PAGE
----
Interactive Photochemistry in Earth System Models to Assess Uncertainty in Ozone and Greenhouse Gases
Collaborative Institutional Lead(s):
Objectives: This effort will deliver a photochemistry module working within CESM that is more complete than our existing super-fast chemistry, and that is efficient enough computationally to become a standard component of century-long ensembles used to assess future climate. Optimization will include both scientific choices on approximating the chemical mechanisms and computer science algorithms addressing some of the unique aspects of photochemistry (e.g., uneven loads). Such optimization is necessary because current chemistry-transport models with a full description of stratospheric and tropospheric chemistry are too costly to include regularly in climate ensembles. The new capability will enable more accurate climate simulations than those with off-line or climatology chemistries because the radiative forcing from ozone and aerosols will now have the sharp features representative of the local meteorology and climate change (instead of a smoothed climatology). Also, it will allow for analysis of climate statistics on the chemical processes controlling non-CO2 greenhouse gases and aerosols, such as abrupt climate change initiated by rapid release from natural CH4 reservoirs. A working chemistry-climate module embedded within CESM will provide chemistry-climate-consistent links across anthropogenic emissions of greenhouse gases and short-lived reactive species, changing natural emissions with climate, aerosols, and radiative forcing.
Description and Methods: Our new photochemistry module will build upon four major capabilities at UC Irvine and Lawrence Livermore National Lab:
- The fast-J photolysis methodology developed at UCI includes full scattering for low computational cost by optimizing wavelength integration, cloud and aerosol scattering functions, and radiative transfer. It is now used in many of the world's top CTMs.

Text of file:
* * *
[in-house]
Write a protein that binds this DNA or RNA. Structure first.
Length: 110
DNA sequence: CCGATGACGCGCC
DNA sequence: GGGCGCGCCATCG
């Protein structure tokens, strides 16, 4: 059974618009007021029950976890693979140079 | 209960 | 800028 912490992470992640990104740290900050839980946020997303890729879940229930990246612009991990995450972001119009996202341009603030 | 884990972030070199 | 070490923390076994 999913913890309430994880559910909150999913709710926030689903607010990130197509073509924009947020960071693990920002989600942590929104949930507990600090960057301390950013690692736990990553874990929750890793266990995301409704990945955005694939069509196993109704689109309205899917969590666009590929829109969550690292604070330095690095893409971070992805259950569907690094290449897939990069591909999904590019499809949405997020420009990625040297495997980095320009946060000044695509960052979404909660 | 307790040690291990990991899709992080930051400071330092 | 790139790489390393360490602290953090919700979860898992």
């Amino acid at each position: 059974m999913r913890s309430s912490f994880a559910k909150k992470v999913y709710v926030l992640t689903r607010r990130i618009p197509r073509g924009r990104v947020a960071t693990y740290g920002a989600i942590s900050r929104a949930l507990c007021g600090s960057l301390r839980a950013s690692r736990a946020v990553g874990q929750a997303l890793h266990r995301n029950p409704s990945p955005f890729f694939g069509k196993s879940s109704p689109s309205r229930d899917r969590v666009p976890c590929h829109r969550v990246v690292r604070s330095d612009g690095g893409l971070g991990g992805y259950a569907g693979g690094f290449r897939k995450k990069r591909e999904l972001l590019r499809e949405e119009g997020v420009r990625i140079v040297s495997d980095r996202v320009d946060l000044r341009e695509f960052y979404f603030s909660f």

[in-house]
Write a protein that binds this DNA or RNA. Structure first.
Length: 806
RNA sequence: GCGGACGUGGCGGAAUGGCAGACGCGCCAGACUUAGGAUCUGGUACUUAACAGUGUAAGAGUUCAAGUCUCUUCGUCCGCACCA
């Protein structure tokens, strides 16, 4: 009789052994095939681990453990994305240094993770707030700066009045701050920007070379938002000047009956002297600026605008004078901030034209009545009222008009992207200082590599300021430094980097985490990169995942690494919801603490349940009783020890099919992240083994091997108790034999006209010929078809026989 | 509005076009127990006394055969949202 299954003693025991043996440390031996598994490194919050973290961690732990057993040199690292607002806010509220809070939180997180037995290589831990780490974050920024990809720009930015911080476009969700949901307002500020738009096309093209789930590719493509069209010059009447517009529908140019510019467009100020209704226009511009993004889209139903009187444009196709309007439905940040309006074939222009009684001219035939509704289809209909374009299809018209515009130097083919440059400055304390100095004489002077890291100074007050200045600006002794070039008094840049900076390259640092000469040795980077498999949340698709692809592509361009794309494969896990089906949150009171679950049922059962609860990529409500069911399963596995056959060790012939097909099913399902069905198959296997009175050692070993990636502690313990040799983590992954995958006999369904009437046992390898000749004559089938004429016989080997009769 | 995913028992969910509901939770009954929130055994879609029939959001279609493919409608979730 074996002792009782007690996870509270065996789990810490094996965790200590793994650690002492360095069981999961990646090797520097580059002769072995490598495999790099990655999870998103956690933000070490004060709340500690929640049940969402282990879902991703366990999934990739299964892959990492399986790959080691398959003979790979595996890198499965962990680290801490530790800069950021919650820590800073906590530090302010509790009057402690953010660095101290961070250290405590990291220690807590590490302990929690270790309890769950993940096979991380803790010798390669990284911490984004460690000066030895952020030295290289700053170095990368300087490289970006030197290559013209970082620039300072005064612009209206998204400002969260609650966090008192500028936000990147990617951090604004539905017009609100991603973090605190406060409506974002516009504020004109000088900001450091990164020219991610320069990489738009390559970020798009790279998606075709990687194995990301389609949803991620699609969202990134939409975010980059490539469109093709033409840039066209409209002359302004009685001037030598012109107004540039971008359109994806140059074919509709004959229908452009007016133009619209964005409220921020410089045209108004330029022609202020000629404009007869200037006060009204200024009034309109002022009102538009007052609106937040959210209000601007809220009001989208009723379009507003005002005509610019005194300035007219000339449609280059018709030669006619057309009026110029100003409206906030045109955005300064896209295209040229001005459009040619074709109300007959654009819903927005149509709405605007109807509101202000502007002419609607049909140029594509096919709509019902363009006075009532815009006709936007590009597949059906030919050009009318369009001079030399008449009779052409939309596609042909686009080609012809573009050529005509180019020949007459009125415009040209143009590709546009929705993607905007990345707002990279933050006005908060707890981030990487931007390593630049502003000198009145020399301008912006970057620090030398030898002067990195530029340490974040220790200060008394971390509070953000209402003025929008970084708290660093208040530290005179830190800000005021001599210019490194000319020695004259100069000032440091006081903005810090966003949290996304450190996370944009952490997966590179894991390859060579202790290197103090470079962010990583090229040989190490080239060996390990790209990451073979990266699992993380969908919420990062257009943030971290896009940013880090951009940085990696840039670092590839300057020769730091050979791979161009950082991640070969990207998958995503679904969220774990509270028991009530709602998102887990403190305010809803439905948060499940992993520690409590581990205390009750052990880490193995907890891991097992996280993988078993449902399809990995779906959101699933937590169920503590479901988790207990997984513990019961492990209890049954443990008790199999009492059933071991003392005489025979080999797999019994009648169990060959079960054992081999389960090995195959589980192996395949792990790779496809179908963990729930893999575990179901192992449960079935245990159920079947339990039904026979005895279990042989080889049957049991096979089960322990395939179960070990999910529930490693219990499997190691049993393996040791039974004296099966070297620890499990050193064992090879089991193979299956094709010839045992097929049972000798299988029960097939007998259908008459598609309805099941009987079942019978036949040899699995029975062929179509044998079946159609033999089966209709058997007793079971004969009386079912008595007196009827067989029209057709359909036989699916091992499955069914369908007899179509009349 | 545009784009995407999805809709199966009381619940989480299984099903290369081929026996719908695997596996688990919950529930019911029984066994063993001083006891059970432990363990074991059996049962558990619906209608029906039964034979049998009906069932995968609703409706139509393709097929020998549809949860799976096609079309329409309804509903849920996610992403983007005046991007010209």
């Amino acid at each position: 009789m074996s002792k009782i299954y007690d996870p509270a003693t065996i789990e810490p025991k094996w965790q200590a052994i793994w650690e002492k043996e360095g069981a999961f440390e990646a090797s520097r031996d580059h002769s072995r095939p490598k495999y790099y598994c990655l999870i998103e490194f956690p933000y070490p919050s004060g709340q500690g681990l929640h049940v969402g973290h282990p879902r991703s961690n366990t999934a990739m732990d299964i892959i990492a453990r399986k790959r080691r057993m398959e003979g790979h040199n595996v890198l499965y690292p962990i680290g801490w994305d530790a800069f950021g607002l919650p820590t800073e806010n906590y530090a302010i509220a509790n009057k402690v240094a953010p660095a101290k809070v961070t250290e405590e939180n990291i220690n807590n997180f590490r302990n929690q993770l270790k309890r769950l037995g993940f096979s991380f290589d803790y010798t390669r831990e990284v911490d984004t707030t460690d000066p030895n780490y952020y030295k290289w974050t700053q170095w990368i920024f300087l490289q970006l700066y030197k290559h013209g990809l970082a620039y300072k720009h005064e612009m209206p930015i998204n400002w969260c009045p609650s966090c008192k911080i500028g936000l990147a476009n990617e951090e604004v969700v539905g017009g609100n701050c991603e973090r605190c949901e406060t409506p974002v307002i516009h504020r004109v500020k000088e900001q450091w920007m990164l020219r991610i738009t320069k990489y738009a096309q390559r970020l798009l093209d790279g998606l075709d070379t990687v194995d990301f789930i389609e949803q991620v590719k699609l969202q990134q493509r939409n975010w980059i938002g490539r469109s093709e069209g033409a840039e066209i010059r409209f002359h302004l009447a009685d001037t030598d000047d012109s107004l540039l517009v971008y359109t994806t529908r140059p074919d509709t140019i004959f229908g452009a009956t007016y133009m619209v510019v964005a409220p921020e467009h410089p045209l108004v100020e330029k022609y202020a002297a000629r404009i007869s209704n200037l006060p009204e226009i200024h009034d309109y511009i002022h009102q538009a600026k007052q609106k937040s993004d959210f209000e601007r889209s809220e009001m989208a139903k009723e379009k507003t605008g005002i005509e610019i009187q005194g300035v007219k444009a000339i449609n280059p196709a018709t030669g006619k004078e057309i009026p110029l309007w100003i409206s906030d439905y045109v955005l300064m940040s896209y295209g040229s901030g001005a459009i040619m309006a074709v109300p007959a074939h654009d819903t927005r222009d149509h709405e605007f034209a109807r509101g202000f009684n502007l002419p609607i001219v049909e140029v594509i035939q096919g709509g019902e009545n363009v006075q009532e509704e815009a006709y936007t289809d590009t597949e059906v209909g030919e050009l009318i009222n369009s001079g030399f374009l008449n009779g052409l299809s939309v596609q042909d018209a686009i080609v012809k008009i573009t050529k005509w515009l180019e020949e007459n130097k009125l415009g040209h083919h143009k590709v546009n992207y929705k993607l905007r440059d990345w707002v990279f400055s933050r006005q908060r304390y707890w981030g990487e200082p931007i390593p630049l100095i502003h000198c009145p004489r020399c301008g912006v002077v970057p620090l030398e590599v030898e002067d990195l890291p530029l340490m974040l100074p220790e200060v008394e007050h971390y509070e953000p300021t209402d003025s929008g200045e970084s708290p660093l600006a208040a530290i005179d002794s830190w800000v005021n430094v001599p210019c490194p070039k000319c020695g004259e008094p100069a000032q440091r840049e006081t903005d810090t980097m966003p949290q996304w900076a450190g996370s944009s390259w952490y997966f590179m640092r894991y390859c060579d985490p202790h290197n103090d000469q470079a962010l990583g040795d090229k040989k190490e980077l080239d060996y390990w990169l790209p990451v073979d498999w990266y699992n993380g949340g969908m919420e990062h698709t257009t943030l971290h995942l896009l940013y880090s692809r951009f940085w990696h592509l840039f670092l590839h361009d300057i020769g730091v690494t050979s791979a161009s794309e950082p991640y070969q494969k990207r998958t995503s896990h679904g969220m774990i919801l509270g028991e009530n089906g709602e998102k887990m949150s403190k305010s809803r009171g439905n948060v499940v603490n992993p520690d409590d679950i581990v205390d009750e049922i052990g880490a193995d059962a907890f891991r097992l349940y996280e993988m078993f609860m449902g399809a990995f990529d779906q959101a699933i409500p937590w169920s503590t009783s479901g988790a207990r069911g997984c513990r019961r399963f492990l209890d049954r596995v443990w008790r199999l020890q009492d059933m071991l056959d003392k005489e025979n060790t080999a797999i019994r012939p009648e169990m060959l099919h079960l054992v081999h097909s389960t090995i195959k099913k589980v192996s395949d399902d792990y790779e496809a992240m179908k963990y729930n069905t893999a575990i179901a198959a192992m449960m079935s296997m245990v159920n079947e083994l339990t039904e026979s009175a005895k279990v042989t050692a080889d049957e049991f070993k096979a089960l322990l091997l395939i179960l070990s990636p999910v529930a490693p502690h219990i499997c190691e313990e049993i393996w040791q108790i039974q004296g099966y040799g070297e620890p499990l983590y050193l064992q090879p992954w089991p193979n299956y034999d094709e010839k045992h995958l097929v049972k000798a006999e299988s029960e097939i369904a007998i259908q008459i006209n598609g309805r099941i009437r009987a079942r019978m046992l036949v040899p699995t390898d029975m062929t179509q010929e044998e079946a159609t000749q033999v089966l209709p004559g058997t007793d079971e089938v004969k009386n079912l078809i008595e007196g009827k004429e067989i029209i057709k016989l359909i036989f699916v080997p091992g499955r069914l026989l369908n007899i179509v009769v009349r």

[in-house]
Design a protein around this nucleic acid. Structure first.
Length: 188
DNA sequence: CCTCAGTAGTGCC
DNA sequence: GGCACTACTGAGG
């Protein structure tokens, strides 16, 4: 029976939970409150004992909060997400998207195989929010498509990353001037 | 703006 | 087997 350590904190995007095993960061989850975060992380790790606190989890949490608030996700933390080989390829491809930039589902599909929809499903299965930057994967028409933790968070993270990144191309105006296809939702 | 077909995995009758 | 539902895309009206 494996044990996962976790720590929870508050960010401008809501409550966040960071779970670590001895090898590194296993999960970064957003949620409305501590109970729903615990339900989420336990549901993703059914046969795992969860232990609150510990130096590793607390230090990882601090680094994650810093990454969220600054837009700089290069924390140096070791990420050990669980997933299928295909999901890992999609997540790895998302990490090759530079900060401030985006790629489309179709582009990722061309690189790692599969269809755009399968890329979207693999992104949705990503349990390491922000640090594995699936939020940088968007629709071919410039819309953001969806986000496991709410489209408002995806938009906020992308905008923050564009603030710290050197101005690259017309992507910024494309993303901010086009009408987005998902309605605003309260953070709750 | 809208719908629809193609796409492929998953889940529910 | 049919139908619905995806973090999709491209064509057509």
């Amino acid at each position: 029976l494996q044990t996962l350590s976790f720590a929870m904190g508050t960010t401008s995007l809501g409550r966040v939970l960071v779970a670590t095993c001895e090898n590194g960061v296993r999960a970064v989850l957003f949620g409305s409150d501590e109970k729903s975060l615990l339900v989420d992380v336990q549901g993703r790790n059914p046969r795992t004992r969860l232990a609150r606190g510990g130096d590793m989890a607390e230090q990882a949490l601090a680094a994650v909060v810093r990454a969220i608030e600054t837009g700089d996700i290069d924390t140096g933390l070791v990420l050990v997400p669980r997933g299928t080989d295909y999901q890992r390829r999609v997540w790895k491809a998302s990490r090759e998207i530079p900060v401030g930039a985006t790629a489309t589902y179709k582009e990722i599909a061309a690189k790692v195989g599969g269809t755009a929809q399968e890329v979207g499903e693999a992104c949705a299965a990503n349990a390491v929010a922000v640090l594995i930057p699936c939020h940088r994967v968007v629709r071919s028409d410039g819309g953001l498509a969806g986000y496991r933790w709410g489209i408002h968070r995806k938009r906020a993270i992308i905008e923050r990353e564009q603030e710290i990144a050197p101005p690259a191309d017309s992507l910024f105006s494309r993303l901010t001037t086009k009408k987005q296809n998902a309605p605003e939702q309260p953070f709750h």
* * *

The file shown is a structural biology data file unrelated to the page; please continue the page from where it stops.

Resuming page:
- The super-fast tropospheric chemistry module was developed at LLNL to approximate the response of O3, OH, and SO2 oxidation to changing emissions and climate with just 16 chemical species. Preliminary tests of the super-fast chemistry in CAM3 show that it responds similarly to the full chemistry module, and is efficient enough to have been used in some of the CMIP5 climate simulations.
- UCI's linearized stratospheric O3 chemistry module has been used in century-long runs with the UCI CTM for the characterization of N2O-CH4 coupled modes. It now includes the chemistry of O3, N2O, NOY, and CH4; and it can be adjusted to match decadal changes in CFCs and stratospheric H2O.
- Computer science research at UCI has expertise in parallel compilers and algorithms that will be applied to the specific problems of chemistry in the CESM, e.g., atmospheric chemistry calculations suffer from highly uneven computational loads because of day-night and stratosphere-troposphere differences. There is additional opportunity for optimization in that many trace species need not be transported in large regions of the atmosphere, and this will also create load imbalance.
Potential Impact: Climate simulations will be more accurate with interactive O3 and aerosols and their associated local heating/cooling. Climate statistics from all the ensembles will now include these climate/meteorology-driven variations in short-lived forcings. Changes in air quality will also become a standard diagnostic. Other (independent) aerosol modules can use the gas-phase photochemical oxidants from this module for in-line, interactive aerosol chemistry. Biogeochemistry modules can use the fast-J calculation of photosynthetically active radiation that incorporates O3, aerosols and clouds. Terrestrial ecosystem modules can use the ozone and nitrogen deposition from this module. These latter connections allow for meteorological as well as climate-driven couplings across the system. External solar-cycle changes in ultraviolet flux and stratospheric ozone can also be simulated with Linoz.